• 0 Apr 8th, 2018 at 4:04PM
    I'm working on works pages for the novella Women Without Men (as well as The Film of the Book) and I could've sworn there was a trope in which a character is fixated on a rather insignificant thing that recurs throughout the text. My example from the book is how the character Faizeh, having picked up pseudoscientific ideas, thinks her friend Munis would be smarter if she didn't have such a round head. The chapters from her POV repeatably mention "Munis' stupid round head" and variants thereof.

    While I'm using a literary example the same effect can be achieved in visual media (via close-ups, for instance). It's not a Single-Issue Wonk or Berserk Button — the effect and cause is more benign in these cases: it's not something the character can take action about. Nor does it seem overt or intense enough to be covered by related OCD tropes. Reply
  • 2 Apr 7th, 2018 at 1:01PM
    Lastest Reply: 7th Apr, 2018 07:49:31 PM
    What do you call it when an author likes to insert a particular philosophical question in many of his works? In many of Isaac Asimov's short-stories, as well as in his over-arching galazy history, there is the question of controlled comfort that stops risky space expansion vs. mankind's progress that includes rocky competition and war. Reply
  • 1 Mar 31st, 2018 at 9:09PM
    Lastest Reply: 6th Apr, 2018 01:03:00 PM
    The closest trope for what I'm looking for is a Greatest Hits Album, but the page is heavily slanted to one medium. It also occurs in Literature and television series (animated and live action), where a book (or DVD) is released as a "best of" compilation of short stories (or episodes).
    Examples: Reply
  • 2 Mar 25th, 2018 at 12:12AM
    Lastest Reply: 25th Mar, 2018 06:32:59 AM
    What trope do the "specials" fit into? Reply

      What do you mean by "specials"?

      "Specials", also called "chickenheads" would be people who suffered genetic damage from radiation and are of below average intelligence. Discussed in the book and kind of glossed over in the movie.

      I would say Childhood Brain Damage played for drama and possibly also Manchild when describing Isidore.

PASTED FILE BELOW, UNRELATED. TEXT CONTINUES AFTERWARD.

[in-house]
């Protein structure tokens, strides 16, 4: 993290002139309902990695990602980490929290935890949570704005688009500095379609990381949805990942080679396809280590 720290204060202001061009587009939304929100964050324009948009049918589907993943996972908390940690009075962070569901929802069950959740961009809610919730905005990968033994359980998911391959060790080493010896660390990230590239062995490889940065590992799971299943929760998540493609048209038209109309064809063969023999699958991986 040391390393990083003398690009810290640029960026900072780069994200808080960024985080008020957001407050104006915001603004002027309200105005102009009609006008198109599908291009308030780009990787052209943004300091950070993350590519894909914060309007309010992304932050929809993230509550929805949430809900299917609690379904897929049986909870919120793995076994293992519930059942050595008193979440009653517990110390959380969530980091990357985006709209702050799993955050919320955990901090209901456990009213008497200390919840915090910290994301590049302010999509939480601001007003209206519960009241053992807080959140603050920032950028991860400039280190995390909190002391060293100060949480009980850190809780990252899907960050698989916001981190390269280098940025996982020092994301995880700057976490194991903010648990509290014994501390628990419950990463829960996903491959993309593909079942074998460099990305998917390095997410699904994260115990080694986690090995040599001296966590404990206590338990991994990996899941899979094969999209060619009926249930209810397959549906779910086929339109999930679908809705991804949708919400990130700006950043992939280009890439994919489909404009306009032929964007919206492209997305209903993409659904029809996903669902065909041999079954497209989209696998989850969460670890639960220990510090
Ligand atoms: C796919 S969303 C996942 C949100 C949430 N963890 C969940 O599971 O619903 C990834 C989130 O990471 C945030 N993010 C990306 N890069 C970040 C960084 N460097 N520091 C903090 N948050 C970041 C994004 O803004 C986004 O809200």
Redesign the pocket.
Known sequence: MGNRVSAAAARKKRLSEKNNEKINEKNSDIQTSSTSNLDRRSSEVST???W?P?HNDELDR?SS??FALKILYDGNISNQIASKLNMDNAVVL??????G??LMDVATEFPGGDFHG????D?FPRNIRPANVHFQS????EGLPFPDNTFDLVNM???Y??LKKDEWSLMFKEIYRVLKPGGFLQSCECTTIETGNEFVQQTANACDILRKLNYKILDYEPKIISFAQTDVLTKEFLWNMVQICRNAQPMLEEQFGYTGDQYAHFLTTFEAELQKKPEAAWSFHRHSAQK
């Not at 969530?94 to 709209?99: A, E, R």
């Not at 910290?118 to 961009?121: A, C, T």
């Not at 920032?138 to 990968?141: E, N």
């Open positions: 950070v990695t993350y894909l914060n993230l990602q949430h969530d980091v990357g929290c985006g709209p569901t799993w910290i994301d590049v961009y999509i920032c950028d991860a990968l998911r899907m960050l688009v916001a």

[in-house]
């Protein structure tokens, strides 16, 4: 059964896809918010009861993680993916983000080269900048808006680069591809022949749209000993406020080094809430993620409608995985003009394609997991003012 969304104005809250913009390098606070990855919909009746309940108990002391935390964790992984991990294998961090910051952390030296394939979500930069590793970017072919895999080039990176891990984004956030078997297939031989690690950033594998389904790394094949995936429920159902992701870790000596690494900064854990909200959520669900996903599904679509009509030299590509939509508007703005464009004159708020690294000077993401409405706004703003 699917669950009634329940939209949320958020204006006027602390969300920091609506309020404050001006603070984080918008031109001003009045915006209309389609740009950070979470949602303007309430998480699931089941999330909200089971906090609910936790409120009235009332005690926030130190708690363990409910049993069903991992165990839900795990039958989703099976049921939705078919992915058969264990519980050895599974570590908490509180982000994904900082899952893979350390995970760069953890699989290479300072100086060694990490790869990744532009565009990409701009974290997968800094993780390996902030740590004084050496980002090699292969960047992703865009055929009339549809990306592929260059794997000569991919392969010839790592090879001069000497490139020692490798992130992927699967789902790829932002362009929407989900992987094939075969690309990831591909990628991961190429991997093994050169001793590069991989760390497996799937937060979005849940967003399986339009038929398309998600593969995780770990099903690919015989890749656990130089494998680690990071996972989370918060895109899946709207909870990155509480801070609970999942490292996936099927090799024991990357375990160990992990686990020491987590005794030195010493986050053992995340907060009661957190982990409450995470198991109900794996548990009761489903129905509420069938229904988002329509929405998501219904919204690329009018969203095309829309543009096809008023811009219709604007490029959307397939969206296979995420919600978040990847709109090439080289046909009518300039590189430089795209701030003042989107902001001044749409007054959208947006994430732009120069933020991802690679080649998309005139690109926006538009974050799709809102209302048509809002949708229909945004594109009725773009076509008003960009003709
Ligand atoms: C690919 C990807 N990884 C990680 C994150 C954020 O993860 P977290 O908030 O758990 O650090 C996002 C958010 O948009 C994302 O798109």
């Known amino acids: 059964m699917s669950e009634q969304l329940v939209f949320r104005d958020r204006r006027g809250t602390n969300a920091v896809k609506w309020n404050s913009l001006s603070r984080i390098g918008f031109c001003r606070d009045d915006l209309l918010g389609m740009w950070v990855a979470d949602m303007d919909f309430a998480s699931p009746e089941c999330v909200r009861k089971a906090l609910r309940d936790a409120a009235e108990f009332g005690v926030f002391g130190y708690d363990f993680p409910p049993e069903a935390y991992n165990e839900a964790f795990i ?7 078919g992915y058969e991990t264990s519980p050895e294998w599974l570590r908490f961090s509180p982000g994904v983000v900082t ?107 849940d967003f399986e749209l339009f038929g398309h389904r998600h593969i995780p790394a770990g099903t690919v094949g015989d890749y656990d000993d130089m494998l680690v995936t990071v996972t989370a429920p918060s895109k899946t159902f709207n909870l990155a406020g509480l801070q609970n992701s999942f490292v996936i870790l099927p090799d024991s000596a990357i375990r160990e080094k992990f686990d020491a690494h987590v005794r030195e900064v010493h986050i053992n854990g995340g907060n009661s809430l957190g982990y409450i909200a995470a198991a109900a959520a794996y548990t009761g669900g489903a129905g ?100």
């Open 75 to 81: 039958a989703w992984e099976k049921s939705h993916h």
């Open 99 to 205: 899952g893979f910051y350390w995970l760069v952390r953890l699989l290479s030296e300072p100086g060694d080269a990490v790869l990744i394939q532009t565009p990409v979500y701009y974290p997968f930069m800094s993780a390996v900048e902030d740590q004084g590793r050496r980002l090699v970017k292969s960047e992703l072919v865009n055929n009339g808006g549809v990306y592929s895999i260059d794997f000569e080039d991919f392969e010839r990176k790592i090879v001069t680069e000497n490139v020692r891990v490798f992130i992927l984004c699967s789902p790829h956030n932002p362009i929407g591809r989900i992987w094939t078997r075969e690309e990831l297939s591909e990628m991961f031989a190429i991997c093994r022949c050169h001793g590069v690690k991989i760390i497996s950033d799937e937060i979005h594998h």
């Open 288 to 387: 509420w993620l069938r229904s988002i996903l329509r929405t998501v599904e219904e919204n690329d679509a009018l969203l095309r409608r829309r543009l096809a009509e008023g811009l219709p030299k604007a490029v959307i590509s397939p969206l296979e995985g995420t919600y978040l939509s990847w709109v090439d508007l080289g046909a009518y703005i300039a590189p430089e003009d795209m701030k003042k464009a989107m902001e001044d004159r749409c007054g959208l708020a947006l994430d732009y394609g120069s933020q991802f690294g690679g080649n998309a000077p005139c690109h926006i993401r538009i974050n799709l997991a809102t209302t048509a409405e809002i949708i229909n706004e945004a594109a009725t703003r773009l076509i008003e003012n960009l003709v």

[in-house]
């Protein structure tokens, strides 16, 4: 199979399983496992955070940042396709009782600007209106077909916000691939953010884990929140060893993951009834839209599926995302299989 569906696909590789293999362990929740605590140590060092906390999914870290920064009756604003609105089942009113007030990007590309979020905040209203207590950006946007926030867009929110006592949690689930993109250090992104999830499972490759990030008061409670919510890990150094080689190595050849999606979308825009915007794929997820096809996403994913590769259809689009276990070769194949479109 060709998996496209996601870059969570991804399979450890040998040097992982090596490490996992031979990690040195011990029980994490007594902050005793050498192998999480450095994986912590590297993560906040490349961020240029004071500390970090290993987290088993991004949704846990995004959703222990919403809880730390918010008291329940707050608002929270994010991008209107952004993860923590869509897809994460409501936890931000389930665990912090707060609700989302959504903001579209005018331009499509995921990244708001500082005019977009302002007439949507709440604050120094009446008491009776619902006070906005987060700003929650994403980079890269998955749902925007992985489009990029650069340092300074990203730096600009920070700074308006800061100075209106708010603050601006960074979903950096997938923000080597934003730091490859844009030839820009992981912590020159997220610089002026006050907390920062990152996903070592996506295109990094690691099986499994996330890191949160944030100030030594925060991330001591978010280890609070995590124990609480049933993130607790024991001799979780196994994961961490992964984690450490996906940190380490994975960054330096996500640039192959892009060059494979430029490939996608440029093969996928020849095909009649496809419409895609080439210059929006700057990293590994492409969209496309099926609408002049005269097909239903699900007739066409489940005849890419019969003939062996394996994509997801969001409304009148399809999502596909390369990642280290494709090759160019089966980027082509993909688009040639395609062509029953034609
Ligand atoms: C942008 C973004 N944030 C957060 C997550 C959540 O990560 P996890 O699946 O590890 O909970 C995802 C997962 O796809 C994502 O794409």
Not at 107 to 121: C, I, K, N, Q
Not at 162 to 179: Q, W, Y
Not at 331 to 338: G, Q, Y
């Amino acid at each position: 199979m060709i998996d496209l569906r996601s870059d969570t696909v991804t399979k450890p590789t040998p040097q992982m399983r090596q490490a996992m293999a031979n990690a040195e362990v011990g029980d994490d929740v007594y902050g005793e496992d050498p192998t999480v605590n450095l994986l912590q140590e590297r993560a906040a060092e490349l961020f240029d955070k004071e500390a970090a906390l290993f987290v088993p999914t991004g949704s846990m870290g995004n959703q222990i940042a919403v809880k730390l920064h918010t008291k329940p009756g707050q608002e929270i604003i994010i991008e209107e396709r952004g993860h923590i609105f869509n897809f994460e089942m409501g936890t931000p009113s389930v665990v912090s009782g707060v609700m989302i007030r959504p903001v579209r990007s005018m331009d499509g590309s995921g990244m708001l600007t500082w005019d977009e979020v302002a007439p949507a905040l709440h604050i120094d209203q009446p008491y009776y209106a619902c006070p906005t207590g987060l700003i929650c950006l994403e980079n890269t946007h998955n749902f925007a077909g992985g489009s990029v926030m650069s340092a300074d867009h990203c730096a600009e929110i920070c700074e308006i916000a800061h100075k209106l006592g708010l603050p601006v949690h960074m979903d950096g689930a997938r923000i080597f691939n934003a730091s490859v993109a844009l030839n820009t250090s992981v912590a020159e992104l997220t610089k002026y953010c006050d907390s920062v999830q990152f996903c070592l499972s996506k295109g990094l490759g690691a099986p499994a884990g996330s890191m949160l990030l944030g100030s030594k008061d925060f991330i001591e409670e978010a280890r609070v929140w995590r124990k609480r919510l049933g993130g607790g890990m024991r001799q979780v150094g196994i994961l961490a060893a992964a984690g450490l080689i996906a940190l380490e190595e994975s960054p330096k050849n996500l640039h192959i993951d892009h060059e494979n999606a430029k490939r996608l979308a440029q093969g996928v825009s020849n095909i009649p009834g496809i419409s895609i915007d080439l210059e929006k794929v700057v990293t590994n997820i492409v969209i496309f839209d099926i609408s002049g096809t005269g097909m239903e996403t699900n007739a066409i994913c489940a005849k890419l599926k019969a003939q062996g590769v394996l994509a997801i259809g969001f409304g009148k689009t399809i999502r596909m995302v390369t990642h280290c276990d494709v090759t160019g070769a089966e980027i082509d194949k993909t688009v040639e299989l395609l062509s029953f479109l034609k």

• 1 Mar 17th, 2018 at 9:09AM
    Lastest Reply: 17th Mar, 2018 10:00:01 AM
    Tropes for urban fantasy Reply
  • 1 Feb 27th, 2018 at 12:12AM
    Lastest Reply: 28th Feb, 2018 02:30:21 AM
    Do we have a trope for a situation when main characters learn about the backstory, i.e. prehistory of an alien world or long lost civilisation by finding a conveniently placed wall with carvings or murals depicting it all in kind of a comic strip? This is basically what happens in Lovecraft's At the Mountains of Madness, but I haven't found this thing listed there. It's a particular way of presenting an Expose. I guess it would be a sub-trope of Infodump. Reply
  • 3 Jan 29th, 2018 at 6:06AM
    Lastest Reply: 30th Jan, 2018 03:10:12 AM
    I'm trying to think of the appropriate trope that describes a character or device that you have created that is, or becomes, such an impediment to the storytelling because their presence literally prevent the protagonists or fellow protagonists from getting into trouble in the first place, and so the author has to go to extreme lengths to keep them out of the way until the end when they inevitably appear and nullify the problem .The Luggage in the Rincewind Discworld books for example, Or indeed Miss Wetherwax herself in the later books.

    So does such a beast exist or do we have to name it? Reply
  • 1 Jan 9th, 2018 at 2:02PM
    Lastest Reply: 9th Jan, 2018 02:55:14 PM
    Is there a trope about an antagonist who convinces the weak he has power when in fact it's just an effective con? For example, he makes it seem like his "crew" is a lot bigger than it really is. In fact, he's desperate. Reply
  • 3 Jan 7th, 2018 at 3:03AM
    Lastest Reply: 9th Jan, 2018 01:43:44 PM
    A character thinks that another character hates her or dislike her at best. It can because the supposed hater never call their names, looks disapproved at everything they do, and some other things that could justify their thinking. It turns out that they didn't or it's being exaggerated that the supposed hater actually likes her. Reply

      Somebody Doesn't Love Raymond?

      Saw this one in a book called Amy and Laura by Marilyn Sachs. Amy has always been regarded as and believed herself to be a low-IQ The Ditz. Laura is "the smart one" who has always helped her with schoolwork or done it for her. A new teacher piles a huge amount of extra work on Amy, who automatically assumes it's because she's stupid and the teacher, who has very high standards, obviously hates her. Turns out the teacher thinks Amy is actually very intelligent and wasn't being challenged sufficiently. Amy credits Laura with everything the teacher says turned out well, but Laura has had other responsibilities and hasn't been able to help Amy much this term. She did most of the work herself.

      Stealth Mentor and Trickster Mentor, sometimes involves Wax On, Wax Off.